Sound designer Paul Davies discusses crafting a subjective mix that sounds like the inside of a PTSD-stricken head. This is the second feature in our Special Issue on You Were Never Really Here now available as an eBook.
Sound design is often subtle or forgotten, used as little more than ambience — but in You Were Never Really Here, it’s everything. The film even starts with sound: a heady, disorienting soundscape that instantly pulls you into the claustrophobic mind of protagonist Joe (Joaquin Phoenix), a hitman tasked with rescuing a young girl, Nina (Ekaterina Samsonov), from sex traffickers. Paul Davies’ sound design is our primary window into Joe’s headspace, which is warped and uncomfortable, a product of his PTSD and the constant presence of violence in his life. The overwhelming noise is at once enveloping and subconsciously disturbing.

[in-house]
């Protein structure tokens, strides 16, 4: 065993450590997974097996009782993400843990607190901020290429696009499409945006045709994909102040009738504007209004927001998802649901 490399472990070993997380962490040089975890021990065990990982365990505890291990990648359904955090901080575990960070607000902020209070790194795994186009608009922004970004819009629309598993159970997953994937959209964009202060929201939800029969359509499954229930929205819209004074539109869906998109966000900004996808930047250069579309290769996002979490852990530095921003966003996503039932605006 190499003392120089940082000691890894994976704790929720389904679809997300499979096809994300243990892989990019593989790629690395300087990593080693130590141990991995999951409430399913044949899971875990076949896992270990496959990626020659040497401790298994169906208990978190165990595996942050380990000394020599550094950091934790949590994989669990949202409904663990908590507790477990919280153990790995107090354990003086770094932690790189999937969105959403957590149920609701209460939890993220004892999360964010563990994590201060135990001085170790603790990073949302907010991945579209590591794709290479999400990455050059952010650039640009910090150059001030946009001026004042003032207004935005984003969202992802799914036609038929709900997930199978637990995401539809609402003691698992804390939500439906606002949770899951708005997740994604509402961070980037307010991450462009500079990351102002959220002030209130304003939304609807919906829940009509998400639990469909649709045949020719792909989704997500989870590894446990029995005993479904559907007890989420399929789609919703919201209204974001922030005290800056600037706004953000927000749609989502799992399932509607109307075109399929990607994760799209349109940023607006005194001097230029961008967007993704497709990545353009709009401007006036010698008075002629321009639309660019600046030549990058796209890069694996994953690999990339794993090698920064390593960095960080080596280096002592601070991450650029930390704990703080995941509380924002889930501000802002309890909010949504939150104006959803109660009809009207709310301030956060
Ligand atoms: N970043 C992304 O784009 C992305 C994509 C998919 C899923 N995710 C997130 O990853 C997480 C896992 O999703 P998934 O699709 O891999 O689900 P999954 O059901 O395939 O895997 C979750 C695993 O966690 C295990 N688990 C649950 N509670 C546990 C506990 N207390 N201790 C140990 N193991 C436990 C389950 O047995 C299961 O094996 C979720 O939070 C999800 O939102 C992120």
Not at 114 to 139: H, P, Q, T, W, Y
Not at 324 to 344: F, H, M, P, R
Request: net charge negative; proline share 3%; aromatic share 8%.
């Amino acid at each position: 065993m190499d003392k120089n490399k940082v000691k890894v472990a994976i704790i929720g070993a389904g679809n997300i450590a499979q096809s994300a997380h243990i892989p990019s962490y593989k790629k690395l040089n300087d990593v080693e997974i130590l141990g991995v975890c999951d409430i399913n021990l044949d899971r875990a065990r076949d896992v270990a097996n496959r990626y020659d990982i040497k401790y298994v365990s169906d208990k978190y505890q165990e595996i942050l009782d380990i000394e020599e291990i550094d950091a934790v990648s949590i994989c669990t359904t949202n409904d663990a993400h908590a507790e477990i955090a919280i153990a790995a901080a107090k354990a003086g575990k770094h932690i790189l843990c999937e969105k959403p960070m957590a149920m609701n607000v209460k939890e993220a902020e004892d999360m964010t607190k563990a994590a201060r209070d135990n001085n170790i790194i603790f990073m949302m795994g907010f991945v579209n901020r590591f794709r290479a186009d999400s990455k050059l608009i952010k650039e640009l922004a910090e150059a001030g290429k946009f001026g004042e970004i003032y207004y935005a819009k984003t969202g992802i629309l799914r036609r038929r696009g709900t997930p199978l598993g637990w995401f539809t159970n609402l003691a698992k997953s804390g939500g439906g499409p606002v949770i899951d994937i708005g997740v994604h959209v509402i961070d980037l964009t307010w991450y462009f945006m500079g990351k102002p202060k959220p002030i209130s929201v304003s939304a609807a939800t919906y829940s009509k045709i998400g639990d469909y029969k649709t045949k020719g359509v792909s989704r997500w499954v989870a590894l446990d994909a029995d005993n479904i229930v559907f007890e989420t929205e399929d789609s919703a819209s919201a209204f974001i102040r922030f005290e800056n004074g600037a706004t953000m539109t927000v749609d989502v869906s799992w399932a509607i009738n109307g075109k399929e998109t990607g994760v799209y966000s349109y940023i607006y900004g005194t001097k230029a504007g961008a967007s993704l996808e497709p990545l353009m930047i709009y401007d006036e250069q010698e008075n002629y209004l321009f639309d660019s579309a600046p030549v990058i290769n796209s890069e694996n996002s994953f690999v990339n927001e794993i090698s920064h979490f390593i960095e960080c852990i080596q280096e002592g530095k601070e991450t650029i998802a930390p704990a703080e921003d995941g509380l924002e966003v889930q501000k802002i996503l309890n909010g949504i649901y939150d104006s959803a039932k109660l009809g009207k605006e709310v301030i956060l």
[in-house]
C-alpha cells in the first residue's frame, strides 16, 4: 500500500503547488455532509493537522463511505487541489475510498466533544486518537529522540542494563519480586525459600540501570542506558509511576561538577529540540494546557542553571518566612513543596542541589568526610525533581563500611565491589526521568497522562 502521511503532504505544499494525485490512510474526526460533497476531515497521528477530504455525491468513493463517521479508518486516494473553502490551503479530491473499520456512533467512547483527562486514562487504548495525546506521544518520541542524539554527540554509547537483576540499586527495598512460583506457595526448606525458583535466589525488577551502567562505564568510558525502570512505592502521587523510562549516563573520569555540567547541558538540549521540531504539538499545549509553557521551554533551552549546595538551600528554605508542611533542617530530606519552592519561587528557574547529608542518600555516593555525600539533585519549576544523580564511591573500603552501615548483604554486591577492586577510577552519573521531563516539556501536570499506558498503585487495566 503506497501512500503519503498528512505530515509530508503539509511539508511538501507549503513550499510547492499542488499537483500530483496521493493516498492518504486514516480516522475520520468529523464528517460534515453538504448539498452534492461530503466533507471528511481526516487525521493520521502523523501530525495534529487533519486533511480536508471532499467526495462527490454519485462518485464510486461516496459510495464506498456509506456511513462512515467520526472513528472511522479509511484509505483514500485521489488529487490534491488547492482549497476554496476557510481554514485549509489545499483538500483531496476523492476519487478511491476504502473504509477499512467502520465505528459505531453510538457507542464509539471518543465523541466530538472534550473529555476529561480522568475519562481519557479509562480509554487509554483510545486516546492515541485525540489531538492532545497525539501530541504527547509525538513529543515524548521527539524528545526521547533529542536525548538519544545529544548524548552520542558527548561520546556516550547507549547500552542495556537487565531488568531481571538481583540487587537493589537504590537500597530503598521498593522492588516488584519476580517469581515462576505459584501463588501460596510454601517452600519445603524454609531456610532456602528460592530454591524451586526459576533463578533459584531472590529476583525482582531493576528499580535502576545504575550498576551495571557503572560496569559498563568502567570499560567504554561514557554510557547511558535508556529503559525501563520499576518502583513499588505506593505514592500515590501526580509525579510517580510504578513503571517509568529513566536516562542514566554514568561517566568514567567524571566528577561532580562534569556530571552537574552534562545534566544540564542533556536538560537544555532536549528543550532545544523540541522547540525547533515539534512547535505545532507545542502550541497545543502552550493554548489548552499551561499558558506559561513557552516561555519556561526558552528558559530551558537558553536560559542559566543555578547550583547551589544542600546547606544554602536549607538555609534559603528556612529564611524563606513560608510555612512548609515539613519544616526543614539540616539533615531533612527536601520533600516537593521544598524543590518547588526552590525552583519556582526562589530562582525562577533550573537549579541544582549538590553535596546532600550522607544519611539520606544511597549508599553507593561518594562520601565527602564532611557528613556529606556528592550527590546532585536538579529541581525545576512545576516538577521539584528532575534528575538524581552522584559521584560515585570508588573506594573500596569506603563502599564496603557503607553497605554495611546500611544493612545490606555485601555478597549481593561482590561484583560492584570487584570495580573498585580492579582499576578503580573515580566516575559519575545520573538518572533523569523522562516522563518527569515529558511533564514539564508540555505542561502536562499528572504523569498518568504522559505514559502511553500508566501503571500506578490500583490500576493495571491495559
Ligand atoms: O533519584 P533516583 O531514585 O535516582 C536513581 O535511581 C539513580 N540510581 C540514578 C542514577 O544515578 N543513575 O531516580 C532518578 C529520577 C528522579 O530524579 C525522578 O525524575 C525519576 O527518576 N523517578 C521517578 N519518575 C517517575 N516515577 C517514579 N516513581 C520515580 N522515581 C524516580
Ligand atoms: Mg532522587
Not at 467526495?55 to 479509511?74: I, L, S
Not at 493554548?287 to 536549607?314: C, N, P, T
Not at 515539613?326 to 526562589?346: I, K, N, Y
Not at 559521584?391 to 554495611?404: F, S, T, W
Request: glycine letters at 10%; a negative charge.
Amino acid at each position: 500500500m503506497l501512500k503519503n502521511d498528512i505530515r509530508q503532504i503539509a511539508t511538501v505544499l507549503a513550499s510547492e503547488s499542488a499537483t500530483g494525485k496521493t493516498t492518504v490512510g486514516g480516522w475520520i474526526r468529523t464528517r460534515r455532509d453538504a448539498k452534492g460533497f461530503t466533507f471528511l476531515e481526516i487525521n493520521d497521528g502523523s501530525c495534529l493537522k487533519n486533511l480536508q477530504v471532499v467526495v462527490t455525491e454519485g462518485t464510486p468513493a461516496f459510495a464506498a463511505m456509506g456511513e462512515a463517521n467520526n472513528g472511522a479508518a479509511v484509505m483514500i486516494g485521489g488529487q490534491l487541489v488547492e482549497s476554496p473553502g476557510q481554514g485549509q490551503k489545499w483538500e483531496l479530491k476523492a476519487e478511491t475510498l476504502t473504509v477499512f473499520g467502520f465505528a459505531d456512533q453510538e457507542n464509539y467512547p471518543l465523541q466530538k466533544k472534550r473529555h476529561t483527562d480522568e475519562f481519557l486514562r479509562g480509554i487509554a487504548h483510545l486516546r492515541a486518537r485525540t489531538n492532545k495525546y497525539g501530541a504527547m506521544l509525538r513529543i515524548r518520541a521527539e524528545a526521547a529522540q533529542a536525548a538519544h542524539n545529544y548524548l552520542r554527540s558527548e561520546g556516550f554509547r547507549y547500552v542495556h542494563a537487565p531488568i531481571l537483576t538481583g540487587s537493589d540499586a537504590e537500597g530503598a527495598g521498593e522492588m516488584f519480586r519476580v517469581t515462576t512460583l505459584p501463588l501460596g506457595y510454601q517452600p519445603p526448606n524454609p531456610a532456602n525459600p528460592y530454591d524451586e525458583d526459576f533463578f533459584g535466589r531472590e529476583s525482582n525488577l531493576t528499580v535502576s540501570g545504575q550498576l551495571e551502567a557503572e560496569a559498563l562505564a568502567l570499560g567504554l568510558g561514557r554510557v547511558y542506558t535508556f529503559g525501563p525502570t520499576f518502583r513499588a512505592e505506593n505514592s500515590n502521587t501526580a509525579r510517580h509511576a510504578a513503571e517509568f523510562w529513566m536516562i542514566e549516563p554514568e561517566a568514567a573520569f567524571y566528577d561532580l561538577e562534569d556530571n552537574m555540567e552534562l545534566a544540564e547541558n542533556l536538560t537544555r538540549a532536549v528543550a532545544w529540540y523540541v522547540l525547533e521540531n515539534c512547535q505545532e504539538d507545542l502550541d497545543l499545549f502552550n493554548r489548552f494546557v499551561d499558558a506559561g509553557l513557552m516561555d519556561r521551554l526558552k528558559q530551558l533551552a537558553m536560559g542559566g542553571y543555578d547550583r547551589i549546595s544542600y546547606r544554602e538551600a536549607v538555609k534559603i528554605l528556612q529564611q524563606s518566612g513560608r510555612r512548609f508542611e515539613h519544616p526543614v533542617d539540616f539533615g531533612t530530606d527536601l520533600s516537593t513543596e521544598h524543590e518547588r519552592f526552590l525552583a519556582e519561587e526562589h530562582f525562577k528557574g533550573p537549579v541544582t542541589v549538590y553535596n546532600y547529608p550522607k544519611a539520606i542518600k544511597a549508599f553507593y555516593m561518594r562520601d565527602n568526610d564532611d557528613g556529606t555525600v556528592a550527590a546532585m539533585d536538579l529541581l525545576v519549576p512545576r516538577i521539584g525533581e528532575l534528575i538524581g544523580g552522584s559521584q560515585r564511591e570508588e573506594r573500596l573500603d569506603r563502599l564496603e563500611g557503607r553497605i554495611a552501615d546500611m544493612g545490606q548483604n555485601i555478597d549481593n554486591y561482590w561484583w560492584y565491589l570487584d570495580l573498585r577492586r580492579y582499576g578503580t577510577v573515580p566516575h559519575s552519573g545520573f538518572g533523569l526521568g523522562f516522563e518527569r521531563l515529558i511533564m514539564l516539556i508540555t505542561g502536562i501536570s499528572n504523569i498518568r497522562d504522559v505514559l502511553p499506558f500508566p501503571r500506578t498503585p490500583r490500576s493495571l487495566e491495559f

I talked to sound designer Paul Davies about how he pulled off an immersive, subjective mix that sounds like the inside of Joe’s “head full of broken glass”.
Seventh Row (7R): Did you work on developing the sound with Lynne before shooting started?
Paul Davies (PD): We did discuss it a lot. I’ve worked with her for 20 years, since Ratcatcher, so I knew that she was doing this. She told me she was considering doing an adaptation of the novella [You Were Never Really Here] some time ago. I read that, and I read all drafts of the script, as well.
7R: The sound mix is really subjective, immersing you in Joe’s disoriented headspace. How did you approach creating that subjective soundscape?
PD: While [Lynne] was shooting, I saw an exhibition at the Tate Modern, in the new wing. It was by American artist Charles Atlas: an installation of several video screens, placed not all in a line, but in layers. In front of them were four speakers. Out of each of the four speakers was a different sound of New York City. I thought that was an interesting effect; a basis of an idea, about having different sounds coming out of different speakers. Not completely different sounds, but of the same family. What effect would that have?
Read the rest of our Special Issue on You Were Never Really Here here >>